Bereaved families ‘could face fees of up to £20,000’ under new probate plans

Millions of families potentially face a large rise in probate fees payable after death, under proposed changes. These new fees will raise an estimated £250 million for the Exchequer.

Under the new tiered system, those with sizeable estates could face maximum fees of £20,000 if the value of their estate exceeds £2 million.

For many families, the rise in probate fees constitutes a potential 129-fold increase.

Government ministers have claimed that alterations to the probate fees charged to actuate a Will would ensure a fairer system, under which many poorer families may no longer have to pay.

Currently, fees are charged at flat rates of £155 or £215.

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These fees are imposed on estates worth more than £5,000. However, this figure is set to rise to £50,000. Such an increase means that some 57% of estates will pay nothing. Under the current rules, only those with estates worth less than £5,000 do not have to pay fees for probate.

Individuals with estates worth over £50,000, however, will pay significantly higher fees, ranging from £300 to a maximum of £20,000.

The Ministry of Justice has stated that a mere 1% of estates will have to pay the maximum fee of £20,000.

A spokesperson for the Ministry of Justice said: ‘Court fees are never popular but they are necessary. We have got to make sure our courts and tribunals are properly funded at the same time as cutting the budget deficit’.

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Taxes and charges make savings decisions difficult, suggests IFS

The Institute for Fiscal Studies (IFS) has suggested that individuals face a complex and ever-changing range of tax treatments, which can make it difficult to select the most appropriate savings vehicle.

Additionally, the IFS claims that pensions are set to remain the most tax-efficient savings option, despite forthcoming changes to personal taxation.

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This may be partly due to the fact that, under the pensions auto-enrolment scheme, employers must match any employee contributions. This has resulted in a potential boost of up to 60% to workers’ pension pots, the IFS reported.

The Institute compared saving via a pension to purchasing a house, paying into an ISA, and investing in buy-to-let property.

The report also considered the changes to dividend taxation and the introduction of the new Personal Savings Allowance (PSA), alongside any potential changes to pension taxation.

Furthermore, the IFS found that minor differences in charges can outweigh the effects of certain tax treatments.

Stuart Adam, co-author of the report, stated: ‘The last few years have seen radical changes announced to the taxation of savings. These will take millions of people’s savings out of the tax net altogether. Ideally, people might make savings decisions based on the underlying risks and returns of different assets. But taxes and charges can significantly change the relative attractiveness of different savings options. If people are unsure about how taxes and charges might change, their decisions become even harder’.

Record borrowing figures as buy-to-let landlords rush to beat tax changes

Gross mortgage lending reached £17.9 billion in January this year, the highest lending total for a January since 2008, according to the Council of Mortgage Lenders (CML).

The figure is 21% higher than the £14.8 billion lent in January last year, and experts are attributing the high level of mortgage borrowing to a surge in buy-to-let landlords looking to buy properties ahead of tax changes due to be implemented in April.

From the start of the 2016/17 tax year, most landlords will pay a 3% surcharge on stamp duty on property purchases.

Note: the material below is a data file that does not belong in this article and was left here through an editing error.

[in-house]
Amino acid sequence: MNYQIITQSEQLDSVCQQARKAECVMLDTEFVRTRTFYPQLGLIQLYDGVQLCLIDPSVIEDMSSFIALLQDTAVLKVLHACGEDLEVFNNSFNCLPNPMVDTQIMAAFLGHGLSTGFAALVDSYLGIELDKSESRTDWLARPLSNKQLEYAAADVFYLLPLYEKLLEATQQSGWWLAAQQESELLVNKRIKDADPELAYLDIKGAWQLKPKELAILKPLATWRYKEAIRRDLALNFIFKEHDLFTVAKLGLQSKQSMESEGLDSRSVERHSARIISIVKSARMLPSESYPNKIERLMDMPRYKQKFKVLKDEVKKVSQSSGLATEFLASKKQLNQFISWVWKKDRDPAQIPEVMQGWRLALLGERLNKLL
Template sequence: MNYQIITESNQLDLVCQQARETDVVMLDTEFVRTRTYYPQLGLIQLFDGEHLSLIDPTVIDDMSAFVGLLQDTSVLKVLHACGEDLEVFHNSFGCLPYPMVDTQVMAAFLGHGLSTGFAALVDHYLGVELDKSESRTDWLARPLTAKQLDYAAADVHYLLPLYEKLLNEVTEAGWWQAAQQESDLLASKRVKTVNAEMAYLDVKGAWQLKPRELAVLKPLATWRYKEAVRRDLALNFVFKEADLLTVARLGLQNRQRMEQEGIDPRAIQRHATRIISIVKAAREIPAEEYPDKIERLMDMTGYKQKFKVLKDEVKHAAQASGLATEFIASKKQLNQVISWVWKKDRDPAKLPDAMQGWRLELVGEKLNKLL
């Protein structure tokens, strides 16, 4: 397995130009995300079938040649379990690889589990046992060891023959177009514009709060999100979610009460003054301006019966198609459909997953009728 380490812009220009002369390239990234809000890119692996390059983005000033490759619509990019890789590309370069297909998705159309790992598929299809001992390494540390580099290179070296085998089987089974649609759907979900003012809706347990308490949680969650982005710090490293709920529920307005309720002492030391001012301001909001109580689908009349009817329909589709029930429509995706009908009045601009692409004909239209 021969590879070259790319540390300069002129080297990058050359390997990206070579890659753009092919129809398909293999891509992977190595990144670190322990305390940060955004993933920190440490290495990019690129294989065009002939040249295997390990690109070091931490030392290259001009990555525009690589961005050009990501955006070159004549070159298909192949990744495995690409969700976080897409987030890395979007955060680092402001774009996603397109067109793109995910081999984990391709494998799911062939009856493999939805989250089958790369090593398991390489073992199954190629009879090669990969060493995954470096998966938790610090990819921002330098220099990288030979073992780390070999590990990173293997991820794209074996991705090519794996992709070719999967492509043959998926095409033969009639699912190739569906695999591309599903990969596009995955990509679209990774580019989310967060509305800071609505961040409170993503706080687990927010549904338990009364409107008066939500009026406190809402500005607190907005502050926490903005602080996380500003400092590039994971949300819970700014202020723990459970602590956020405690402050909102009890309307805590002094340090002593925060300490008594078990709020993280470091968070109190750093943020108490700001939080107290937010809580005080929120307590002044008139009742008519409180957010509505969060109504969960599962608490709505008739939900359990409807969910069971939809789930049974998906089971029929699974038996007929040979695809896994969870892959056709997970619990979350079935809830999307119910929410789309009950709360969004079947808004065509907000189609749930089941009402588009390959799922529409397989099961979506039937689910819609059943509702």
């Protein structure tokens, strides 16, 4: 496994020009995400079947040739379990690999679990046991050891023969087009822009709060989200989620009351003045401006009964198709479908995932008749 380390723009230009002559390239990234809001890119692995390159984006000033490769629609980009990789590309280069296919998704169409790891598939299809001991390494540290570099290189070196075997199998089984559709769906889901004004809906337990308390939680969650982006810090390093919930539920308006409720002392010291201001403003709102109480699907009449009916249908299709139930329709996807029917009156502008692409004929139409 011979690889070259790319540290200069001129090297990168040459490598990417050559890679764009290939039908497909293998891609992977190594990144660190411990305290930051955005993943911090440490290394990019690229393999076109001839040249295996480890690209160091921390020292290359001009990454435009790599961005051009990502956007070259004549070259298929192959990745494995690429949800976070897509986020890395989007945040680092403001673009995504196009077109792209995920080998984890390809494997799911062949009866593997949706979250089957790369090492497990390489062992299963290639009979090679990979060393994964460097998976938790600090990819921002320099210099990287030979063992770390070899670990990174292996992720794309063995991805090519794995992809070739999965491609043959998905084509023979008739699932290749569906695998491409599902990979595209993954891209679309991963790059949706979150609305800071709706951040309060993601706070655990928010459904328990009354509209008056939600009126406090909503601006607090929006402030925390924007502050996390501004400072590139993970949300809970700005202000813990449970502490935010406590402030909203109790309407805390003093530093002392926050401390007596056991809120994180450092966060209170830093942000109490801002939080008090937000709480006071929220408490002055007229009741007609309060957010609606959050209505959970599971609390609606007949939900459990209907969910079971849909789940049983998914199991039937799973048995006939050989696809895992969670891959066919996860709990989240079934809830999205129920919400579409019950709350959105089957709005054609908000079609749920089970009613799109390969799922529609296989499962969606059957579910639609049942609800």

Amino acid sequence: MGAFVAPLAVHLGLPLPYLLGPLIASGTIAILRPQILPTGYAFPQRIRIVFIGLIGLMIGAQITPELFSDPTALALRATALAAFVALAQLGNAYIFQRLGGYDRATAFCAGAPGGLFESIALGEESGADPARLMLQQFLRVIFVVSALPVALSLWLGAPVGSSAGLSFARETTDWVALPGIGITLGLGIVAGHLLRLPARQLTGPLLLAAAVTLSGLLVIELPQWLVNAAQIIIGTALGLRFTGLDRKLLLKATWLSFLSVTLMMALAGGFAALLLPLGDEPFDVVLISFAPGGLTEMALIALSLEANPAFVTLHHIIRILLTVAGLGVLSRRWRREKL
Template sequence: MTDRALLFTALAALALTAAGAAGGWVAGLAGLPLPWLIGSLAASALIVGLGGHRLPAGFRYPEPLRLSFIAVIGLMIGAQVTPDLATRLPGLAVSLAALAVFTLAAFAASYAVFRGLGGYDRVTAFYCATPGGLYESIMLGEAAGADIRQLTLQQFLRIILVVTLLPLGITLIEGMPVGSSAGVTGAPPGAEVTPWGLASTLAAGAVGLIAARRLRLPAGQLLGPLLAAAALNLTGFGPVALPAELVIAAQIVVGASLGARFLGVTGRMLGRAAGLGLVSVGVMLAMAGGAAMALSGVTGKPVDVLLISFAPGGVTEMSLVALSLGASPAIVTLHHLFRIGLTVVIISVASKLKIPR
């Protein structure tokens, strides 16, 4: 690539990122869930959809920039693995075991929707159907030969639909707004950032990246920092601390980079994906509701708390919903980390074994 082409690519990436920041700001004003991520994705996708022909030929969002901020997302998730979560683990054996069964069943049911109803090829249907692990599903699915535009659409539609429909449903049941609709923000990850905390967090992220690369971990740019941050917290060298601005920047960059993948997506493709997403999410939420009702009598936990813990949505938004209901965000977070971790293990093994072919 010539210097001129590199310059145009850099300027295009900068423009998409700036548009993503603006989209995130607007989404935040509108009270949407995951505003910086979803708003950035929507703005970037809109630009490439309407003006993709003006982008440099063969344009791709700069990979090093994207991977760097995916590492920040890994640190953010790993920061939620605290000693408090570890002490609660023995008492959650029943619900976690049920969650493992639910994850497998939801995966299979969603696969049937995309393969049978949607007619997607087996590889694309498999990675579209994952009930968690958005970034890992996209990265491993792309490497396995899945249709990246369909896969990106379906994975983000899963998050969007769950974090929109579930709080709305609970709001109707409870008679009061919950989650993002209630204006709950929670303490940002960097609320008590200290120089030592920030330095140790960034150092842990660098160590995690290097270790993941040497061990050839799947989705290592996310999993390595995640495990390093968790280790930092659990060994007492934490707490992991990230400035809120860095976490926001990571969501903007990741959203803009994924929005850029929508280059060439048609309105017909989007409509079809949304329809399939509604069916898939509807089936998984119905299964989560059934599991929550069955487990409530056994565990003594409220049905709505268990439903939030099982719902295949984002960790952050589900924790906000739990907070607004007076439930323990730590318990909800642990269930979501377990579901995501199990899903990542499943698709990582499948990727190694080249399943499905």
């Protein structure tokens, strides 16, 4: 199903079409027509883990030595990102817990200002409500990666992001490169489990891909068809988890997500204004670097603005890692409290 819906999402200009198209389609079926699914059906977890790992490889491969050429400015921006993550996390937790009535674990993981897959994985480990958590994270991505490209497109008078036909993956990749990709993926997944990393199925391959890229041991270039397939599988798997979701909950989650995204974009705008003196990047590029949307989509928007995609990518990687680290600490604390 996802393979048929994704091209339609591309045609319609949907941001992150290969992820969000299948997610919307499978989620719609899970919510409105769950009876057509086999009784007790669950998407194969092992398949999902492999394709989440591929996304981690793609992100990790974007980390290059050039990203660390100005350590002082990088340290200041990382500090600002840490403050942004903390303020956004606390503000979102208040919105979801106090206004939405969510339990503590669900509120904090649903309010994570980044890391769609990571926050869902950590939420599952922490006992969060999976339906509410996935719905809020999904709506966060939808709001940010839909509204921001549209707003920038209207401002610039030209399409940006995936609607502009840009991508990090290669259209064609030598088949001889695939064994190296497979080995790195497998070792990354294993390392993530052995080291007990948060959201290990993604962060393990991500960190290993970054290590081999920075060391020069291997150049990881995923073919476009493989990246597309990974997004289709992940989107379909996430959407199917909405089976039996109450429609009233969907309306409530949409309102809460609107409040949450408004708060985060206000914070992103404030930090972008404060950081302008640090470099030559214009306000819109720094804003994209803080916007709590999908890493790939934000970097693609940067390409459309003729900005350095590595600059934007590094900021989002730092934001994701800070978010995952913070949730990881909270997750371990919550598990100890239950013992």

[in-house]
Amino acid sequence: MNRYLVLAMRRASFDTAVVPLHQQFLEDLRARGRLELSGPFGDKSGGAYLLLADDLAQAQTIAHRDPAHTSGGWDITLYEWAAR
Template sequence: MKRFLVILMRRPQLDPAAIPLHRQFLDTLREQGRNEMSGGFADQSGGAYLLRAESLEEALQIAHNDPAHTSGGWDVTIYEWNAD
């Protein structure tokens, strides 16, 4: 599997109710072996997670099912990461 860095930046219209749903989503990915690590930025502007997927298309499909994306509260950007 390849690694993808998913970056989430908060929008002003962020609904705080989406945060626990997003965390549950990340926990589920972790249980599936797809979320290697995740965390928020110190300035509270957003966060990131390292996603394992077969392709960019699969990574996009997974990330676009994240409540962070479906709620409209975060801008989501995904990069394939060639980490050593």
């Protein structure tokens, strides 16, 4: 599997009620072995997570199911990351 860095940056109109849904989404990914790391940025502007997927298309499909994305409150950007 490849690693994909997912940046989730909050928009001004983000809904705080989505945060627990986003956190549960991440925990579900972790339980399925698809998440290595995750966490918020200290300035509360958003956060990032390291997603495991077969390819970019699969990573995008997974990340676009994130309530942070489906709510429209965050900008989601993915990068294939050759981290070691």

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The CML’s members are banks, building societies and other lenders who together undertake around 95% of all residential mortgage lending in the UK. The organisation’s economist Mohammad Jamei said: ‘Lending started the year on a positive note. Our monthly estimate is 21% higher than a year ago, with the current growth rate in lending similar to the closing months of 2015.

‘We still only see limited upside potential going forwards, as the number of properties for sale on the market remains low and affordability pressures weigh on activity. Upcoming tax changes in the buy-to-let sector are adding an element of uncertainty to the market.’

However, the CML did also partly attribute the high January borrowing figure to positive economic factors. Mr Jamei said: ‘UK market fundamentals are helping to underpin this recovery, with real wage growth, an improving labour market, competitive mortgage deals, and government schemes all supporting household demand.’

Although much higher than previous January figures, the £17.9 billion total is actually 9% lower than December’s lending total of £19.8 billion.

New report suggests the self-employed require ‘more support’

Self-employed individuals should receive more help and support in the running of their business, a new Government-commissioned report has suggested.

The review, which was led by businesswoman Julie Deane OBE, calls for self-employed workers to be given similar rights to traditional employees.

‘It is important that with the increased growth in self-employment, and the subsequent benefits that this group brings to the economy, that there are systems in place to support the self-employed in the same way as the employed,’ the report stated.

Researchers found that self-employed people now account for a record-breaking 4.6 million, or 15%, of the UK’s workforce.

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The review states that choosing to become self-employed ‘should not mean that people are disadvantaged in the support that they receive from the Government’.

Specially, the report says that the Government should consider increasing the first six weeks’ maternity allowance rate paid to self-employed workers. This would ensure that it is in line with the statutory maternity pay that employees currently receive.

The document also calls for the creation of a new ‘Adoption Allowance’ for self-employed parents who choose to adopt. The allowance would operate on the same basis as the existing statutory adoption pay scheme for other employees.